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Targeting adenosine receptors in the treatment of allergic rhinitis: a randomized, double-blind, placebo-controlled study

Authors


Correspondence:
Janet Rimmer, Woolcock Institute of Medical Research, Rhinitis Research Group, Blackburn Building D06, The University of Sydney, Room 461, Sydney, NSW 2006, Australia. E-mail: jrimmer@optusnet.com.au

Summary

Background There is evidence that adenosine plays a role in the pathogenesis of asthma and rhinitis; however, it is currently unclear whether adenosine receptors are useful therapeutic targets in the treatment of allergic airway diseases.

Objective The study evaluated the efficacy of intranasal treatment with an adenosine A2A receptor agonist/adenosine A3 receptor antagonist (50 μg), administered twice daily for 7 days, to reduce nasal symptoms and release of inflammatory mediators following intranasal allergen challenge in patients with allergic rhinitis (AR). The compound was compared with twice-daily treatment with intranasal fluticasone proprionate nasal spray (FPANS) for 7 days.

Methods A randomized, double-blind, double-dummy, placebo-controlled, three-way balanced, incomplete block, crossover study was conducted on 48 males with verified AR. Following intranasal challenge with either an extract from the house dust mite (HDM), Dermatophagoides pteronyssinus, rye grass or cat dander, nasal responses and the concentrations of albumin, tryptase, myeloperoxidase, eosinophilic cationic protein, epithelial neutrophil-activating protein-78 (ENA-78), IL-5 and IL-8 in nasal secretions were measured and treatment groups were compared.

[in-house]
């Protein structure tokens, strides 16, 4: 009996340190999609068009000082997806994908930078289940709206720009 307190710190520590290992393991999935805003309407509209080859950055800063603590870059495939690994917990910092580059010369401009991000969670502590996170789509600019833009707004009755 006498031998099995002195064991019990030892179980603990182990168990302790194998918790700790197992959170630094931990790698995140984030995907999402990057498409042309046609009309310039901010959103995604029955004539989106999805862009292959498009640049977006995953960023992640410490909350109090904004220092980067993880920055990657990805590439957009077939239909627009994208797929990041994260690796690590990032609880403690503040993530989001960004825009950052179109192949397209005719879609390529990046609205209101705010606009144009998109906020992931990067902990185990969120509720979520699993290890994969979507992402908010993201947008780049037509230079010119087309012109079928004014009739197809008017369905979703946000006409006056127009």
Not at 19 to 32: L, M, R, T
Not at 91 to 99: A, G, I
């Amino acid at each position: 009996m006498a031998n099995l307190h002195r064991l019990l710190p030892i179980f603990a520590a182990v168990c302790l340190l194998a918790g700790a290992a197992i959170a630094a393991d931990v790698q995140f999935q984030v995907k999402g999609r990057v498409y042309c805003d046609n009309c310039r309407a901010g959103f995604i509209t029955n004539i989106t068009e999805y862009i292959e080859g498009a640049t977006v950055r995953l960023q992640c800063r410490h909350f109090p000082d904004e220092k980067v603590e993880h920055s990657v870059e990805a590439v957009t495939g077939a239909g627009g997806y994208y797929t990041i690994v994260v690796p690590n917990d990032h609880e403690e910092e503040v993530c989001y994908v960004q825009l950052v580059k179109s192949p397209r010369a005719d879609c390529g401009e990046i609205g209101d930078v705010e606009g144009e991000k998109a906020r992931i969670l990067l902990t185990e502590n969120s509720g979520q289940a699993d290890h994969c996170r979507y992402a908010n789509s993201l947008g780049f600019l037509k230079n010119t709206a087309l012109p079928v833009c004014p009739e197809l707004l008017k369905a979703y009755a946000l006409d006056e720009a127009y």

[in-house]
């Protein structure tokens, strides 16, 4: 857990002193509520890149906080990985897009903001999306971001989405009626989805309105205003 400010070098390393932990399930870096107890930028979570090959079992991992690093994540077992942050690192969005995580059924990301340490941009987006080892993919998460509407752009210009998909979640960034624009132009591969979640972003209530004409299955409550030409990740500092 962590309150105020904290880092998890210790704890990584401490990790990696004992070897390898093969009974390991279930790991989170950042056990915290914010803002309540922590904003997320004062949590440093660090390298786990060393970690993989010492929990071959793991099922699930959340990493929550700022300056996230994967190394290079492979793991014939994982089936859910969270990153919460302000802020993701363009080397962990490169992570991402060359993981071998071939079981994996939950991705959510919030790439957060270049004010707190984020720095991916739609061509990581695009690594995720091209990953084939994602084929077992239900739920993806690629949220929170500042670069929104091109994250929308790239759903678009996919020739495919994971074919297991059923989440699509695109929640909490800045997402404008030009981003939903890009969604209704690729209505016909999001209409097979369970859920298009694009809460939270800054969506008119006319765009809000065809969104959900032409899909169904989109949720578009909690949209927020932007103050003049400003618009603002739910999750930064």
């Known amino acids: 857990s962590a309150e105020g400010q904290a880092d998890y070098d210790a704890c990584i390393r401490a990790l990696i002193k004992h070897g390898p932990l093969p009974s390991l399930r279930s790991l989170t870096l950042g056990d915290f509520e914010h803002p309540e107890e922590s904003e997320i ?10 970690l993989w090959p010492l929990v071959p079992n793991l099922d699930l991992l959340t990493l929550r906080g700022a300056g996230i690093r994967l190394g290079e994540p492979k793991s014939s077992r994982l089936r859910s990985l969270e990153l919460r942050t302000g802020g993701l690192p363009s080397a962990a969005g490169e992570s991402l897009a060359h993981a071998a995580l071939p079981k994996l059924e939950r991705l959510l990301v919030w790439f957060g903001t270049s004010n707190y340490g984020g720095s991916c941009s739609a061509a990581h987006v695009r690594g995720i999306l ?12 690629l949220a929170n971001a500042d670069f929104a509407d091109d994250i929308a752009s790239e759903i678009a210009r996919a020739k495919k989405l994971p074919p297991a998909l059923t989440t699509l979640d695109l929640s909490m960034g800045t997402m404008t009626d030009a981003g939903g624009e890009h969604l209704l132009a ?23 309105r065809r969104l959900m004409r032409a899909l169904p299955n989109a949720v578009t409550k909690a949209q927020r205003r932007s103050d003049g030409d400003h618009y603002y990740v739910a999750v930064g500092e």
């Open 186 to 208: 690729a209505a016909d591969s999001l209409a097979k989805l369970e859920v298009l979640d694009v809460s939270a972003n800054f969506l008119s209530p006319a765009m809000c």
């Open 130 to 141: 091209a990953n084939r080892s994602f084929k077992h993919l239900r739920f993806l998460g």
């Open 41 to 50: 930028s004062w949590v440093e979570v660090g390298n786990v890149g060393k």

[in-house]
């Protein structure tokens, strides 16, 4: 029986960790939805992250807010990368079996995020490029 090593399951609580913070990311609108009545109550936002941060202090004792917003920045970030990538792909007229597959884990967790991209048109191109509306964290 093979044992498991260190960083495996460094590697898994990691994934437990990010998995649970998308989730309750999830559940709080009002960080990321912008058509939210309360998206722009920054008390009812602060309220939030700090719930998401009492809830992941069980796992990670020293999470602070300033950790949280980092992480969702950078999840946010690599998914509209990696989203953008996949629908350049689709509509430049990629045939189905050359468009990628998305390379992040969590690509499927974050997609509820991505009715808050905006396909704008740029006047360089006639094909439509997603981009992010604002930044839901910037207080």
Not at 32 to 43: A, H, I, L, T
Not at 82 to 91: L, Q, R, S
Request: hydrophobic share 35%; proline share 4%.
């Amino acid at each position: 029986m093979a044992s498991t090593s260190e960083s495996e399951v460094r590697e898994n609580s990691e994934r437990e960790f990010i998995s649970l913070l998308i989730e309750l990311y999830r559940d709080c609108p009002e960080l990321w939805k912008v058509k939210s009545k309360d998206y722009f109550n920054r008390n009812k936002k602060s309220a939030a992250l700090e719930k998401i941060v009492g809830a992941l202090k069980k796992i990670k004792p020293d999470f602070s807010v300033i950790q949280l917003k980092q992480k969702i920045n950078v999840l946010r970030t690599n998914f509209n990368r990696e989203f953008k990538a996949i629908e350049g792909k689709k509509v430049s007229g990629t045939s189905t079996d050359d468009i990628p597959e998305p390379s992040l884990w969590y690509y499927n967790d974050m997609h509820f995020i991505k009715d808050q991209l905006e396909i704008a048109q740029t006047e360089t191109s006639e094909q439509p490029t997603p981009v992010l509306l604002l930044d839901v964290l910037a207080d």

Results Drug improved nasal blockage but had no significant effect on rhinorrhoea, number of sneezes or peak nasal inspiratory flow measurements when compared with placebo. Drug reduced tryptase release after EAR but did not significantly reduce the levels of other mediators.

Conclusion A novel agonist/antagonist of adenosine A2A and A3 receptors appears to have limited clinical benefit in both the early-phase and the late-phase response to intranasal allergen challenge. However, reduction of some pro-inflammatory mediators suggests that comparable, more selective compounds may have additional benefits meriting further investigation.

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